Comparative Effectiveness of Audit-Feedback Versus Additional Physician Communication Training to Improve Cancer Screening for Patients with Limited Health Literacy
- 640 Downloads
We designed a continuing medical education (CME) program to teach primary care physicians (PCP) how to engage in cancer risk communication and shared decision making with patients who have limited health literacy (HL).
We evaluated whether training PCPs, in addition to audit-feedback, improves their communication behaviors and increases cancer screening among patients with limited HL to a greater extent than only providing clinical performance feedback.
Four-year cluster randomized controlled trial.
Eighteen PCPs and 168 patients with limited HL who were overdue for colorectal/breast/cervical cancer screening.
Communication intervention PCPs received skills training that included standardized patient (SP) feedback on counseling behaviors. All PCPs underwent chart audits of patients’ screening status semiannually up to 24 months and received two annual performance feedback reports.
PCPs experienced three unannounced SP encounters during which SPs rated PCP communication behaviors. We examined between-group differences in changes in SP ratings and patient knowledge of cancer screening guidelines over 12 months; and changes in patient cancer screening rates over 24 months.
There were no group differences in SP ratings of physician communication at baseline. At follow-up, communication intervention PCPs were rated higher in general communication about cancer risks and shared decision making related to colorectal cancer screening compared to PCPs who only received performance feedback. Screening rates increased among patients of PCPs in both groups; however, there were no between-group differences in screening rates except for mammography. The communication intervention did not improve patient cancer screening knowledge.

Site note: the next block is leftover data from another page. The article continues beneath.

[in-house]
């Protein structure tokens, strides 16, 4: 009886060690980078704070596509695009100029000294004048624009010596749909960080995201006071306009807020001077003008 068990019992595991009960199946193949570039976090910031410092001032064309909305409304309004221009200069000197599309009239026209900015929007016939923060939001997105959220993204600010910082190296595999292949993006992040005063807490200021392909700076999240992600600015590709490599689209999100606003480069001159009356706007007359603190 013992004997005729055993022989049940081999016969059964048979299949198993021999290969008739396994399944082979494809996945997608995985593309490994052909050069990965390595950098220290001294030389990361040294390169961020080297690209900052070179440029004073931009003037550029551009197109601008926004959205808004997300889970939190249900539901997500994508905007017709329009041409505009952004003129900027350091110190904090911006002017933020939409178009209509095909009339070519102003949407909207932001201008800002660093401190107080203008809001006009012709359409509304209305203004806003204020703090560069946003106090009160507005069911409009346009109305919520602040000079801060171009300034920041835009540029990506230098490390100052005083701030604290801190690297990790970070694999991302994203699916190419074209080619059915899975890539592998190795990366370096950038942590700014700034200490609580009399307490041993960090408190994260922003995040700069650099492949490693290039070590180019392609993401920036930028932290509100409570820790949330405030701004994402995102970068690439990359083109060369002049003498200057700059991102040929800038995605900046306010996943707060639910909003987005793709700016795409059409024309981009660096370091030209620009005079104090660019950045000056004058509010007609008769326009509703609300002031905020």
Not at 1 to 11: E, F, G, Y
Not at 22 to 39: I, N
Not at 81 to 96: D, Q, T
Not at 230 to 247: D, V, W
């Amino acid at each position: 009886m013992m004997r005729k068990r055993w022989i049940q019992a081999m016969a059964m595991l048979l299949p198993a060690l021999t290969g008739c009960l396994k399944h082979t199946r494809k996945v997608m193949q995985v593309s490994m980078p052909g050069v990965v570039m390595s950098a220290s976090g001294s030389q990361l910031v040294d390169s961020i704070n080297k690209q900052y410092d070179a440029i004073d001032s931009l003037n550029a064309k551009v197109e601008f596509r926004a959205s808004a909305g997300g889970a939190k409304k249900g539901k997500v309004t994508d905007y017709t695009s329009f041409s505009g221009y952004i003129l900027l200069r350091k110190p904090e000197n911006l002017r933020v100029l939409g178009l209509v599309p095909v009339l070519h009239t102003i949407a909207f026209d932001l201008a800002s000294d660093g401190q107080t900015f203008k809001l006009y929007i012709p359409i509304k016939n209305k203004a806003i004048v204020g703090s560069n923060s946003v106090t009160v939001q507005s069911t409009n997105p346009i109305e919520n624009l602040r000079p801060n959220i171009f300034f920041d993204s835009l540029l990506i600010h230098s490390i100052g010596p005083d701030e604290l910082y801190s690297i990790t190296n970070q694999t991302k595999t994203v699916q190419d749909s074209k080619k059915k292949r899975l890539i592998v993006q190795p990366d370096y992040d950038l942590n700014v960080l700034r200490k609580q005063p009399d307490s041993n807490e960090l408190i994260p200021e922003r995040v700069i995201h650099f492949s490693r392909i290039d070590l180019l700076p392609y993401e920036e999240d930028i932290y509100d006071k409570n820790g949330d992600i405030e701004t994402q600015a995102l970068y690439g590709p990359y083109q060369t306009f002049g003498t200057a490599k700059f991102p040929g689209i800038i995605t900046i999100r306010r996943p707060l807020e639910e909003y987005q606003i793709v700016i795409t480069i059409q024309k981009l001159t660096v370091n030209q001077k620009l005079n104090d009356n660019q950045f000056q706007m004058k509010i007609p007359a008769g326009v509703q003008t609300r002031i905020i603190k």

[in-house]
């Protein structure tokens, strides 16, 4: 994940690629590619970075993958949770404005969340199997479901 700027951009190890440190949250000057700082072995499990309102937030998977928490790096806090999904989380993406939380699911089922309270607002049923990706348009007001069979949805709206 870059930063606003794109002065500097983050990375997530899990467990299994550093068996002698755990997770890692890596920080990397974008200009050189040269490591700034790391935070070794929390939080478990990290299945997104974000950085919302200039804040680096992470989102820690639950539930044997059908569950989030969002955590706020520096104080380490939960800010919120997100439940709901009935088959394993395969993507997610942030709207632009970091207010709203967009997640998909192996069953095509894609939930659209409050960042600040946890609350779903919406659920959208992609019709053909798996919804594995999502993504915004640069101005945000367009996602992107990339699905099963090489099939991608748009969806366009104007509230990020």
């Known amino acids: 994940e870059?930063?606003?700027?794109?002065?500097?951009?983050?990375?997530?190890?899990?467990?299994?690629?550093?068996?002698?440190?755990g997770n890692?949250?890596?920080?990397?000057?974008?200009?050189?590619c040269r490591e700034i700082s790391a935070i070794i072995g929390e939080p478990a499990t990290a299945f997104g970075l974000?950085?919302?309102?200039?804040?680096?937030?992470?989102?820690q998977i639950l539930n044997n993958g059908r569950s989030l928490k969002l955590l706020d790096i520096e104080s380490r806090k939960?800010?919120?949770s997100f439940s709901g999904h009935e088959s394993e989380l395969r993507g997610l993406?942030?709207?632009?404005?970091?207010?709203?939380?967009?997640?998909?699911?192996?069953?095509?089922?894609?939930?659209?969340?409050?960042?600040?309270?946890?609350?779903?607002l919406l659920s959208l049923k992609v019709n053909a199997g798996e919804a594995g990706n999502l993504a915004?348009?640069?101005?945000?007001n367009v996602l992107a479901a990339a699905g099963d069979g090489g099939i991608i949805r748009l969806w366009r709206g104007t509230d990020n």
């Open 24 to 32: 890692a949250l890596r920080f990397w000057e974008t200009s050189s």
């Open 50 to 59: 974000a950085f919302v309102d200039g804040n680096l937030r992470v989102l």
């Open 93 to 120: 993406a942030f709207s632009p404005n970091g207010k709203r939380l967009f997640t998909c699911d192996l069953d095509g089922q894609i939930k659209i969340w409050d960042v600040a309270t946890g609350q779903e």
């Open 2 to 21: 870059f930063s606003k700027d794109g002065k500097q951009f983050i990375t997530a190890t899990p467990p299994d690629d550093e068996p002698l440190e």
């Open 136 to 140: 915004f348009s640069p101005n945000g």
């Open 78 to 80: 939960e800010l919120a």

Compared to audit and feedback alone, including PCP communication training increases PCP patient-centered counseling behaviors, but not cancer screening among patients with limited HL. Larger studies must be conducted to determine whether lack of changes in cancer screening were due to clinic/patient sample size versus ineffectiveness of communication training to change outcomes.
KEY WORDScommunication shared decision making health literacy cancer screening standardized patients
The authors would like to thank Dr. Roy Weiner for his critical review of this manuscript and Dr. John LeFante for his assistance with examining intraclass correlations for cancer screening outcomes.
This study was funded by the Robert Wood Johnson Foundation Harold Amos Faculty Development Program (Grant # 63523). Dr. Cooper is supported by grants from the National Heart, Lung, and Blood Institute (K24 HL83113 and P50 HL0105187).
This work was presented at the American Association for Cancer Research 3rd and 4th Annual Cancer Health Disparities Conferences in October 2010 and September 2011.
Conflict of Interest
The authors declare that they do not have a conflict of interest.
- 1.U.S. Department of Health and Human Services. Healthy People 2010: Understanding and Improving Health. 2nd ed. Washington, DC: U.S: Government Printing Office; 2000. November.Google Scholar
- 5.Aboumatar HJ, Carson KA, Beach MC, Roter DL, Cooper LA. The Impact of Health Literacy on Desire for Participation in Healthcare, Medical Visit Communication, and Patient Reported Outcomes among Patients with Hypertension. J Gen Intern Med. 2013 May 21. [Epub ahead of print].Google Scholar
- 18.Busija L, Pausenberger E, Haines TP, Haymes S, Buchbinder R, Osborne RH. Adult measures of general health and health-related quality of life: Medical Outcomes Study Short Form 36-Item (SF-36) and Short Form 12-Item (SF-12) Health Surveys, Nottingham Health Profile (NHP), Sickness Impact Profile (SIP), Medical Outcomes Study Short Form 6D (SF-6D), Health Utilities Index Mark 3 (HUI3), Quality of Well-Being Scale (QWB), and Assessment of Quality of Life (AQoL). Arthritis Care Res (Hoboken). 2011;63:S383–412.PubMedCrossRefGoogle Scholar
- 19.Stretcher VJ, Rosenstock JM. The Health Belief Model. Health Behavior and Health Education. San Francisco: Jossey-Bass; 1997. p. 41–59.Google Scholar
- 32.Sabatino SA, Lawrence B, Elder R, et al. Community Preventive Services Task Force. Effectiveness of interventions to increase screening for breast, cervical, and colorectal cancers: nine updated systematic reviews for the guide to community preventive services. Am J Prev Med. 2012;43:97–118.PubMedCrossRefGoogle Scholar